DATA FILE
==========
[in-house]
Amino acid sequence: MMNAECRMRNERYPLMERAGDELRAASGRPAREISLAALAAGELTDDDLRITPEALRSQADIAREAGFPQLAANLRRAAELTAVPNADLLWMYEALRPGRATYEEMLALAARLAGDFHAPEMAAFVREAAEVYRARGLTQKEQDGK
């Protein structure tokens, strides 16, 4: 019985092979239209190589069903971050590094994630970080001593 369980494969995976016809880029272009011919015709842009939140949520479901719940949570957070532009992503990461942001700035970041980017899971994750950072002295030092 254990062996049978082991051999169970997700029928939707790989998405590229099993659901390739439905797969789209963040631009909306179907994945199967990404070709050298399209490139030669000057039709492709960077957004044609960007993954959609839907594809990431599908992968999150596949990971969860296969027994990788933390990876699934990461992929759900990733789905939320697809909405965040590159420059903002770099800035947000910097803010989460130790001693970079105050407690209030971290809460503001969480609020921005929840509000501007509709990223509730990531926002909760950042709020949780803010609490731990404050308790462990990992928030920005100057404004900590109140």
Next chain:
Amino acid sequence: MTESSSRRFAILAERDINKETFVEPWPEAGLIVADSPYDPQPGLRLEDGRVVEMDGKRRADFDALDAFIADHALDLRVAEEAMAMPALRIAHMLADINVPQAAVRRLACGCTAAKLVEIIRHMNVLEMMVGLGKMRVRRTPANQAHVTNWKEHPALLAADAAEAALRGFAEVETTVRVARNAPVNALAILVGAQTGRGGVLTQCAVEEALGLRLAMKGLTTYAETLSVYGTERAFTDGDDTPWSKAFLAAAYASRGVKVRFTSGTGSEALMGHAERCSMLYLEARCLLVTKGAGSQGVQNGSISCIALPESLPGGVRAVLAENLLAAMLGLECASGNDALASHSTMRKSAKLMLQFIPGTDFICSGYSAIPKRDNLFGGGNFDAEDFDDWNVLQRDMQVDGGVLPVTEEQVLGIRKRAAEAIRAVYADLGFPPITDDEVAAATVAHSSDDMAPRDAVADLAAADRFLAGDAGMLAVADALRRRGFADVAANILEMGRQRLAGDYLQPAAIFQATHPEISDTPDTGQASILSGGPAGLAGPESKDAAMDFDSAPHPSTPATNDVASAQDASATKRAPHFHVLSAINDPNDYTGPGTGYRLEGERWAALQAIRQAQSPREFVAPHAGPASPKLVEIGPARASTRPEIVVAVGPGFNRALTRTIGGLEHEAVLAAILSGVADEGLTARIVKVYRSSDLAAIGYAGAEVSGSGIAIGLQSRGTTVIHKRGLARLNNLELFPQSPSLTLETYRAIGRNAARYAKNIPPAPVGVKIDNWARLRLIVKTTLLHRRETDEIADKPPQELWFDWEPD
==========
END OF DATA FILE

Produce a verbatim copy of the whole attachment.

[in-house]
Amino acid sequence: MMNAECRMRNERYPLMERAGDELRAASGRPAREISLAALAAGELTDDDLRITPEALRSQADIAREAGFPQLAANLRRAAELTAVPNADLLWMYEALRPGRATYEEMLALAARLAGDFHAPEMAAFVREAAEVYRARGLTQKEQDGK
């Protein structure tokens, strides 16, 4: 019985092979239209190589069903971050590094994630970080001593 369980494969995976016809880029272009011919015709842009939140949520479901719940949570957070532009992503990461942001700035970041980017899971994750950072002295030092 254990062996049978082991051999169970997700029928939707790989998405590229099993659901390739439905797969789209963040631009909306179907994945199967990404070709050298399209490139030669000057039709492709960077957004044609960007993954959609839907594809990431599908992968999150596949990971969860296969027994990788933390990876699934990461992929759900990733789905939320697809909405965040590159420059903002770099800035947000910097803010989460130790001693970079105050407690209030971290809460503001969480609020921005929840509000501007509709990223509730990531926002909760950042709020949780803010609490731990404050308790462990990992928030920005100057404004900590109140």
Next chain:
Amino acid sequence: MTESSSRRFAILAERDINKETFVEPWPEAGLIVADSPYDPQPGLRLEDGRVVEMDGKRRADFDALDAFIADHALDLRVAEEAMAMPALRIAHMLADINVPQAAVRRLACGCTAAKLVEIIRHMNVLEMMVGLGKMRVRRTPANQAHVTNWKEHPALLAADAAEAALRGFAEVETTVRVARNAPVNALAILVGAQTGRGGVLTQCAVEEALGLRLAMKGLTTYAETLSVYGTERAFTDGDDTPWSKAFLAAAYASRGVKVRFTSGTGSEALMGHAERCSMLYLEARCLLVTKGAGSQGVQNGSISCIALPESLPGGVRAVLAENLLAAMLGLECASGNDALASHSTMRKSAKLMLQFIPGTDFICSGYSAIPKRDNLFGGGNFDAEDFDDWNVLQRDMQVDGGVLPVTEEQVLGIRKRAAEAIRAVYADLGFPPITDDEVAAATVAHSSDDMAPRDAVADLAAADRFLAGDAGMLAVADALRRRGFADVAANILEMGRQRLAGDYLQPAAIFQATHPEISDTPDTGQASILSGGPAGLAGPESKDAAMDFDSAPHPSTPATNDVASAQDASATKRAPHFHVLSAINDPNDYTGPGTGYRLEGERWAALQAIRQAQSPREFVAPHAGPASPKLVEIGPARASTRPEIVVAVGPGFNRALTRTIGGLEHEAVLAAILSGVADEGLTARIVKVYRSSDLAAIGYAGAEVSGSGIAIGLQSRGTTVIHKRGLARLNNLELFPQSPSLTLETYRAIGRNAARYAKNIPPAPVGVKIDNWARLRLIVKTTLLHRRETDEIADKPPQELWFDWEPD